Three ceramic birds, along with a shadow box by Sarah Seaver displaying blown eggs on marbled paper Owl: Approx. 7" x 4" x 3": Shadowbox: 20" dia. Growing up in the 1960s in a traditional small town in Kent, England, animals and birds of all kinds were Susan Halls’ friends. She intends her animal sculptures to convey “a kind of animal truth” rather than the mere appearance of things. Traditionally trained as a ceramicist, she learned the rules so as to bend them, giving herself permission to develop her metier. Paper-clay mixed with nylon fiber is a staple. Her techniques are varied, but most are low fire and low technology, employing sawdust, smoke or wood. A teacher and the author of technical books on ceramics, Halls’ sculptures have the freshness and non-academic appeal of a self-taught sensibility. Her work can be found in numerous museum and private collections, including London’s Victoria and Albert Museum. Sarah Seaver began creating Neo-Victorian natural history displays fewer than ten years ago. Her more recent assemblages are darkly humorous and allegorical, frequently employing bone and insects, and with memento mori as a frame of reference. Seaver cringes at the use of the word "morbid" to describe her art. "All these things, even death, are inherently so amazing and natural," she says, "to call them 'dark' or 'creepy' is to deny our place in what can only be described as the natural mystery and miss out on an important opportunity to consider our relationship with it". A partner at Seaver & McLellan Antiques, she maintains a waiting list of buyers for her work.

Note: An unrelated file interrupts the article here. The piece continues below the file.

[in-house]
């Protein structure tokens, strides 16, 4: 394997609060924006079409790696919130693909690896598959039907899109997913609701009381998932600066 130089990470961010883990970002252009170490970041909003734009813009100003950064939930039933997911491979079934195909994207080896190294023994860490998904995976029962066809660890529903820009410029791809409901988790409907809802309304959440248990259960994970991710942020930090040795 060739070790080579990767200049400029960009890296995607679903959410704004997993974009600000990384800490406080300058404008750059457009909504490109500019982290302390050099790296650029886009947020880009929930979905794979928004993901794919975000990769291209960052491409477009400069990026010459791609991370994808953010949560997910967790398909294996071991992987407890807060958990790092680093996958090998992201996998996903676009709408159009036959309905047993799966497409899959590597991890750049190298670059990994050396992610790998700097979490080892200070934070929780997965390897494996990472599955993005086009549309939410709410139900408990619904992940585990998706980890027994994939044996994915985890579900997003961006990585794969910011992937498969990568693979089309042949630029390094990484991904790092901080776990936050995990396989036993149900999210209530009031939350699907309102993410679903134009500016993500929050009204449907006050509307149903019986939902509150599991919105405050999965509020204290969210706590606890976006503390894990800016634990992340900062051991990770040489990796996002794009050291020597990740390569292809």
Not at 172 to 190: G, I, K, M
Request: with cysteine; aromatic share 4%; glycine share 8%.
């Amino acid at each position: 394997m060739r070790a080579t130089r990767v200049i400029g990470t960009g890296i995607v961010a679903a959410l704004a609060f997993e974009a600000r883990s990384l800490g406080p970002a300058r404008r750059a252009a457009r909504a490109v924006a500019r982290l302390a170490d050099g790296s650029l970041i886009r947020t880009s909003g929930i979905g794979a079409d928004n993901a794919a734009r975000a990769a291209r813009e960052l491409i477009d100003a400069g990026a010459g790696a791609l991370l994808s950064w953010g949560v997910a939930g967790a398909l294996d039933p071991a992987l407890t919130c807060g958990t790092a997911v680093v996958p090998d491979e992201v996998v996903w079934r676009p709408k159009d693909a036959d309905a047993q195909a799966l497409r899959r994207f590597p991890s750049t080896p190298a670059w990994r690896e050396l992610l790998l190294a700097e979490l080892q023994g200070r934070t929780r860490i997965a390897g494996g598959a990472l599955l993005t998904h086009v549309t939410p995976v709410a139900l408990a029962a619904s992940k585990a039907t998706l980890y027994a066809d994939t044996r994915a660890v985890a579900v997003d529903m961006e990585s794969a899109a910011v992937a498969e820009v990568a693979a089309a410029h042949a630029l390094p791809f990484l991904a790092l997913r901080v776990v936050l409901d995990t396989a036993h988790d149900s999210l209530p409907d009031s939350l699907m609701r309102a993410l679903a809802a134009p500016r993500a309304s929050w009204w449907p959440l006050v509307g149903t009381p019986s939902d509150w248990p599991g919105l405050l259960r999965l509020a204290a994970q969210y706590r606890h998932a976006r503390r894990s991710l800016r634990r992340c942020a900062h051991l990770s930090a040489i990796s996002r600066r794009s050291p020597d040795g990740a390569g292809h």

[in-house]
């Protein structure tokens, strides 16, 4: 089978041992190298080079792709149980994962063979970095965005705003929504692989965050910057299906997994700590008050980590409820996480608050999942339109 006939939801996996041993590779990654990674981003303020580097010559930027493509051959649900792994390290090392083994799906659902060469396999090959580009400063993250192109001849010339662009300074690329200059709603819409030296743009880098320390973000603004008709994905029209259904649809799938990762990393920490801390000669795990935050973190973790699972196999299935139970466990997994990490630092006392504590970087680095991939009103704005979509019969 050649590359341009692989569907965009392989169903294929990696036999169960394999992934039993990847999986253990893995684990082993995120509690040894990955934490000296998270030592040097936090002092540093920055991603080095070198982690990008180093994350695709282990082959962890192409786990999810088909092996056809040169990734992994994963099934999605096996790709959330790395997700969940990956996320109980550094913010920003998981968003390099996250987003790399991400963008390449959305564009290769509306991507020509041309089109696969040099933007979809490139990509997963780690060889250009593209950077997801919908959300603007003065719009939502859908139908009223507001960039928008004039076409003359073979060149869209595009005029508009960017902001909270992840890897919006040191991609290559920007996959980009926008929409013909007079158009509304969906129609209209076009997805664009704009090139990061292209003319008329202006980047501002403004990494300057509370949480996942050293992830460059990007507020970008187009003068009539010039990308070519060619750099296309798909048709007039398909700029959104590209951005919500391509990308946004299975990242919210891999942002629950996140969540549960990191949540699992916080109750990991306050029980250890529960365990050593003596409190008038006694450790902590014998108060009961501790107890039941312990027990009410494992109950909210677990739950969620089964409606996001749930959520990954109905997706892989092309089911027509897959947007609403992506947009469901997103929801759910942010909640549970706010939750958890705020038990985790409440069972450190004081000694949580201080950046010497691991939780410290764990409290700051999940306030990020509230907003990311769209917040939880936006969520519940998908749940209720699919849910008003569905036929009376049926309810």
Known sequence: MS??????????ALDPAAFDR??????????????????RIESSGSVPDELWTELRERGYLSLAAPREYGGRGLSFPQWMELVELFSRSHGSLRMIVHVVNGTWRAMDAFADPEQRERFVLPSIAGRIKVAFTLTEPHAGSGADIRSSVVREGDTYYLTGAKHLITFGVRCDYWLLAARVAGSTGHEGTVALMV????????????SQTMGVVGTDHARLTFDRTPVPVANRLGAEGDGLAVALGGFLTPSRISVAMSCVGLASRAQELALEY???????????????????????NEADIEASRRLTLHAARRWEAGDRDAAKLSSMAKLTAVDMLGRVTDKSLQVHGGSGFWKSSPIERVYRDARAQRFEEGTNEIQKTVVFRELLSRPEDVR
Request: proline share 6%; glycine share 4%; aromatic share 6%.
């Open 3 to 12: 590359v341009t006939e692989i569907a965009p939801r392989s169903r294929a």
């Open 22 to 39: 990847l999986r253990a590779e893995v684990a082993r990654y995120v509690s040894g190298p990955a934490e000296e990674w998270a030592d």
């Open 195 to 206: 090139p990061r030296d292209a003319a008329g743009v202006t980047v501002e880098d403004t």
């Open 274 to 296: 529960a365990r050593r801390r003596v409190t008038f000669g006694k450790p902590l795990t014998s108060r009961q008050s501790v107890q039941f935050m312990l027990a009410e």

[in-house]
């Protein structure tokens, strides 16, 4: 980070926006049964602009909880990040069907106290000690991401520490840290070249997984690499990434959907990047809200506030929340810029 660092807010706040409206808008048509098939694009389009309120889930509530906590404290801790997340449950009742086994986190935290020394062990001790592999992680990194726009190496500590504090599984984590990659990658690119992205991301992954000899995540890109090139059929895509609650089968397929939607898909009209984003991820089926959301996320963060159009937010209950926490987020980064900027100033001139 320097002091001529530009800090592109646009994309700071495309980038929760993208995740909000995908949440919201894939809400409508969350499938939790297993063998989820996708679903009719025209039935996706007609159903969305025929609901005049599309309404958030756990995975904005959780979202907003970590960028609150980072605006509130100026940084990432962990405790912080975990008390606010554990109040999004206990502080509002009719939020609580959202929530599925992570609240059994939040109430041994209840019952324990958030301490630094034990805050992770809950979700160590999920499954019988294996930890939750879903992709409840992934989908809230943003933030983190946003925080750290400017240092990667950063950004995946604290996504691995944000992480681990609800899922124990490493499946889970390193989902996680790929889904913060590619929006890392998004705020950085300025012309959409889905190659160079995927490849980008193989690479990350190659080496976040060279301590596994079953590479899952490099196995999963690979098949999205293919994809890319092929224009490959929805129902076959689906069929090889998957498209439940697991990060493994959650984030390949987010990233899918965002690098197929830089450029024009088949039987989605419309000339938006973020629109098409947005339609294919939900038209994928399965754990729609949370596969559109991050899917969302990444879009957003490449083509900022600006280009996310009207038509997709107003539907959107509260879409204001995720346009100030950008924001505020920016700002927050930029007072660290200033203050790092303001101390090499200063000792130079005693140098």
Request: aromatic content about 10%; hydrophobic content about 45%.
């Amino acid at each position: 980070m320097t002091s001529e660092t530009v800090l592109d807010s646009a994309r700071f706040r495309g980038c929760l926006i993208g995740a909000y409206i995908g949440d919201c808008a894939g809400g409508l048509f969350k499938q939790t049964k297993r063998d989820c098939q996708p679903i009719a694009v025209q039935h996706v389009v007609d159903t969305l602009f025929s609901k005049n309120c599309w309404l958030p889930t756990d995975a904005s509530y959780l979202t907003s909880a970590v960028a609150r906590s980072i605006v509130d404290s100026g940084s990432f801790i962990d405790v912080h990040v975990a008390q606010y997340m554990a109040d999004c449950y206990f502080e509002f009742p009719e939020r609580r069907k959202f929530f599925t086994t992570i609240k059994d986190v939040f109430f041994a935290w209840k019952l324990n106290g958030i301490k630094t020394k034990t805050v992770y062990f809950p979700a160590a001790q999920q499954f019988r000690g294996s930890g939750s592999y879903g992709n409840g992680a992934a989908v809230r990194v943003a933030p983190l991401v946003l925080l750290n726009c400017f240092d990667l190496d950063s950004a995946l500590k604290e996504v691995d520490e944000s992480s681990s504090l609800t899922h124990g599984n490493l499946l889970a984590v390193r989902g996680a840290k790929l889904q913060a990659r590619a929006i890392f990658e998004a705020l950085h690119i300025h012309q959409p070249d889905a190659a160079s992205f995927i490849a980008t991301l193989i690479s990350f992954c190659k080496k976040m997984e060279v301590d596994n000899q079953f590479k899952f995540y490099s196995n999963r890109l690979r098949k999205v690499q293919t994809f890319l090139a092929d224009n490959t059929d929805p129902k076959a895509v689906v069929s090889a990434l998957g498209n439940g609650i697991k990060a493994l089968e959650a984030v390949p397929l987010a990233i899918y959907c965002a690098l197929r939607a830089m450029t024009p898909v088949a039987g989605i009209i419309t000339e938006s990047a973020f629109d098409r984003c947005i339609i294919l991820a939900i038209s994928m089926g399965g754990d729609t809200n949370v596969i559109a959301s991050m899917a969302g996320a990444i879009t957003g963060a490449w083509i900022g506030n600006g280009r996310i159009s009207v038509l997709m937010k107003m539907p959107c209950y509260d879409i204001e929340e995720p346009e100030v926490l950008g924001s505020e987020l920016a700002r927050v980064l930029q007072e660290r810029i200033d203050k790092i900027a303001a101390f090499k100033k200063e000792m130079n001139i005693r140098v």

Chip to glaze on side of blue bird the size of a an infant fingernail